“During March 2022, United States Senators Patrick Leahy and Thom Tillis introduced the Strengthening Measures to Advance Rights Technologies Copyright Act of 2022 (SMART Copyright Act). The bill is deceptively simple. It would require the Library of Congress to mandate that online platforms use certain “technical measures” (i.e., automated systems) to identify infringing content. Its simplicity masks its dangers, however. For that reason, though the Wikimedia Foundation agrees that technical measures to identify potentially infringing works can be useful in some circumstances, we sent a letter (reproduced below) on 19th April 2022 to the bill’s sponsors letting them know that we oppose it. 

Under the SMART Copyright Act, the Foundation and Wikimedia communities could be forced to accommodate and implement technical tools to identify and manage copyrighted content that may not be right for Wikimedia projects. This requirement could force the Foundation to change its existing copyright review process, even though the current process is working very well. …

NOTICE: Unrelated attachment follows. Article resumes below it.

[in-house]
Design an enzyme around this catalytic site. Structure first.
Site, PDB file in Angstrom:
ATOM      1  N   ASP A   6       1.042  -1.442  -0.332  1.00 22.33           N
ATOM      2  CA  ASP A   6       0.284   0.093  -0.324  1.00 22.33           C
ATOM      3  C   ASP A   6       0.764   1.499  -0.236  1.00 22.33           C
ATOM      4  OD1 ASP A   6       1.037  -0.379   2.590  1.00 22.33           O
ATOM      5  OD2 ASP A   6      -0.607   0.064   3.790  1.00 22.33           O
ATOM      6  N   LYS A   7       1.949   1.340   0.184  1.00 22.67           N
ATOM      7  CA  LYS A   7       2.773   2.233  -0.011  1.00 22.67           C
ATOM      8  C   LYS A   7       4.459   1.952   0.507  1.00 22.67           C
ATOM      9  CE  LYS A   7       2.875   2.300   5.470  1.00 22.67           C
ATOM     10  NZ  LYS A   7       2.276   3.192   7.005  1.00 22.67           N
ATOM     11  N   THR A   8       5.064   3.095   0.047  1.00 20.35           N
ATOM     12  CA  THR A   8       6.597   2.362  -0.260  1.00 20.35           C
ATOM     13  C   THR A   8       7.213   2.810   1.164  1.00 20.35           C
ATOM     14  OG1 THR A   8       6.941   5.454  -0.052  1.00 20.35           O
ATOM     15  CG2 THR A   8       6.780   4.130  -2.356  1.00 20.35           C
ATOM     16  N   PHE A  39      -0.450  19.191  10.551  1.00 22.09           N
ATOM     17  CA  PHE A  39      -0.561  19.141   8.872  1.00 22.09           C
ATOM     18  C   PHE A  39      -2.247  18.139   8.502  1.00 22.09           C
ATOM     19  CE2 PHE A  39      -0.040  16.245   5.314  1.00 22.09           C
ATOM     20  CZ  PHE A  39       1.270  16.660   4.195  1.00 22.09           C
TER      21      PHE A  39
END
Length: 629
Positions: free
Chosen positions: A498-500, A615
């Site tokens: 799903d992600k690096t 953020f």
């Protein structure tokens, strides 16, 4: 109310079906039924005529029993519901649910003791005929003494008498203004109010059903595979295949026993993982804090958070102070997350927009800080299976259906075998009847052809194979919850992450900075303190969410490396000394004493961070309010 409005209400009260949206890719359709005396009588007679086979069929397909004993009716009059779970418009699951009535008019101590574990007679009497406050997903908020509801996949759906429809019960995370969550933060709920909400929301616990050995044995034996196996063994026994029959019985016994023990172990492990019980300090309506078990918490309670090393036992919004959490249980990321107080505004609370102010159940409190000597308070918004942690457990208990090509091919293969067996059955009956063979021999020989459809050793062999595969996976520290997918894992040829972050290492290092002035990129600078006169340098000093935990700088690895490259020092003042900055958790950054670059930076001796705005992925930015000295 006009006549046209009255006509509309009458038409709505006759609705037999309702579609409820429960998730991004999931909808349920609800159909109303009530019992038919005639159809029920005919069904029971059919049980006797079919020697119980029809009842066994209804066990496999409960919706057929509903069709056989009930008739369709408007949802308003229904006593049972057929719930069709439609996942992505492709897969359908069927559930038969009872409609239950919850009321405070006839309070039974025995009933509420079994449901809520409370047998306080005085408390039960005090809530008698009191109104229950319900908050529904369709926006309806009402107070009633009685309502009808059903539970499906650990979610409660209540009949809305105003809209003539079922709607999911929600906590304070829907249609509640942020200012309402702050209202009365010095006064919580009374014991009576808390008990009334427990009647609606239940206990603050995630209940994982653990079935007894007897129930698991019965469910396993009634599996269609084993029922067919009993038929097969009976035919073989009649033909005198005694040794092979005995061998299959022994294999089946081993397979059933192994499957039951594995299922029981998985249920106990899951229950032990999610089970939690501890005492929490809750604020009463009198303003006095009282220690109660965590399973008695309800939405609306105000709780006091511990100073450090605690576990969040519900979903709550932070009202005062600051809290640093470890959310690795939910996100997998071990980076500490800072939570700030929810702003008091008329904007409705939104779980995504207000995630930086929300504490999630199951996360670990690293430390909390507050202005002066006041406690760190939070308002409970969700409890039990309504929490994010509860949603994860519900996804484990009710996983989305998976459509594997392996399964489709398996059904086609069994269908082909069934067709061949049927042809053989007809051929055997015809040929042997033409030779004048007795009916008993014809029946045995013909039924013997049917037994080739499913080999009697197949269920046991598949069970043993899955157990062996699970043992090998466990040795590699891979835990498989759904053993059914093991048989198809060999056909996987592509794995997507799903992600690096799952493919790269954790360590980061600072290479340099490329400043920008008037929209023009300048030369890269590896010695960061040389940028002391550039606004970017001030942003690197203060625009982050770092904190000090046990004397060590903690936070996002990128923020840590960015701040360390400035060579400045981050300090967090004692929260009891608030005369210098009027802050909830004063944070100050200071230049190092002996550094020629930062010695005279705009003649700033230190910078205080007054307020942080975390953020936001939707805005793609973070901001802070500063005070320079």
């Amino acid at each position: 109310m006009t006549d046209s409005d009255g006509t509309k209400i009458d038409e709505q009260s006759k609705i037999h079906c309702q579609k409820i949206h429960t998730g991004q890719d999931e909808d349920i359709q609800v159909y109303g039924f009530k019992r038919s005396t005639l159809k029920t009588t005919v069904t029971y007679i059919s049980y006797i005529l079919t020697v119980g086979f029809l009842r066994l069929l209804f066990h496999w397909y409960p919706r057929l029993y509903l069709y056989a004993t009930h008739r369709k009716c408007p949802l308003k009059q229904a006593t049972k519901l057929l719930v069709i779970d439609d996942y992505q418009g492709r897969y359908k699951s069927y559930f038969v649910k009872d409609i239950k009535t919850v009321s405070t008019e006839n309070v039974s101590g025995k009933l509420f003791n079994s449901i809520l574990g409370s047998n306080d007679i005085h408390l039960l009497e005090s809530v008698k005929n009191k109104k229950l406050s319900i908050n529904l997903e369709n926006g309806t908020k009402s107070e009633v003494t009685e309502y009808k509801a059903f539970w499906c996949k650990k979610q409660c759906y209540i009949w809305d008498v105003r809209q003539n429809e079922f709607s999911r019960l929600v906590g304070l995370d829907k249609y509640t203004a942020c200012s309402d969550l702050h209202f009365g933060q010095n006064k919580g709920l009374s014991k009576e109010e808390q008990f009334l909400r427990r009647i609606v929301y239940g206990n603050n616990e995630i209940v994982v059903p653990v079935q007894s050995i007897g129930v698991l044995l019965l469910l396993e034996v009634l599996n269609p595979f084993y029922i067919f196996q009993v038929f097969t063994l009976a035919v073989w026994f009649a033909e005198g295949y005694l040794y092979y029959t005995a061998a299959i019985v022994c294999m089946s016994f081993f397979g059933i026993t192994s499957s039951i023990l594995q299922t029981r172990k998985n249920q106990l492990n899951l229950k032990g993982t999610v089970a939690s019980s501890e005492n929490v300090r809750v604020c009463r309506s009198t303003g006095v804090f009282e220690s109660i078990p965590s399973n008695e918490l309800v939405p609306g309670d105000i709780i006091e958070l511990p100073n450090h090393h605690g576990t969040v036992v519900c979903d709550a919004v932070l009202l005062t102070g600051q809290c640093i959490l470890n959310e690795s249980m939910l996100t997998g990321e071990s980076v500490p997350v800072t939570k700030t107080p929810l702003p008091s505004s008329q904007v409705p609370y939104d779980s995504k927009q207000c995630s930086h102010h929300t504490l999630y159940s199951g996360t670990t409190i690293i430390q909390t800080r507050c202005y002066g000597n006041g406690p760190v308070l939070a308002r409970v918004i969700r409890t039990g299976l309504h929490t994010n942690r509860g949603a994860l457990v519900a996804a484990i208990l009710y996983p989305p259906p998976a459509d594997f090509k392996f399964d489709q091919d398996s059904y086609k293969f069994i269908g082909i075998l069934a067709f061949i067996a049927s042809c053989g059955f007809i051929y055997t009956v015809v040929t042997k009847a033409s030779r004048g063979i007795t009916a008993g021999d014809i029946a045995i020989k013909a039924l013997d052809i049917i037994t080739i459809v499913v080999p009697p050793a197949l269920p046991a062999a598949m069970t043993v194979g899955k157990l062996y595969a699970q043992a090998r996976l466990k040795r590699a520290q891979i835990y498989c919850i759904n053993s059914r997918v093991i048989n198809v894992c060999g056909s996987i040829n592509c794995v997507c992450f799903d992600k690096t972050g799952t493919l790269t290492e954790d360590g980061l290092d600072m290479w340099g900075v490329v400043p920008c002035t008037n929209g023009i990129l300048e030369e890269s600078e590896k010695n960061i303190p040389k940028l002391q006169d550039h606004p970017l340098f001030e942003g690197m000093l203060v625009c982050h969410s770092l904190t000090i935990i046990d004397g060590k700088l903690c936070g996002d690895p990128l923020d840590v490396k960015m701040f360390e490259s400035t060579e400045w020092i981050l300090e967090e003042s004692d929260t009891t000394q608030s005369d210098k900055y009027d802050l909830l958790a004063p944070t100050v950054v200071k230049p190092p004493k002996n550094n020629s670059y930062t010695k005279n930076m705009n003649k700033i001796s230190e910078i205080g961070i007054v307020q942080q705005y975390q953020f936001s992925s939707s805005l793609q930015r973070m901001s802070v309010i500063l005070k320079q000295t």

While we fully agree that tools can be a helpful aid in identifying infringement, they should not be considered as a fix for all enforcement problems. There are two main reasons for this:

Technical tools are not good at determining when a work was “fairly used” or when a work has entered the public domain. This flaw leads to inappropriate censorship. Even YouTube’s Content ID identifies numerous false positives for infringement, and fails to catch a significant amount of problematic content. We worry that such tools would do far worse than the Wikipedia non-free content policy enforced by users.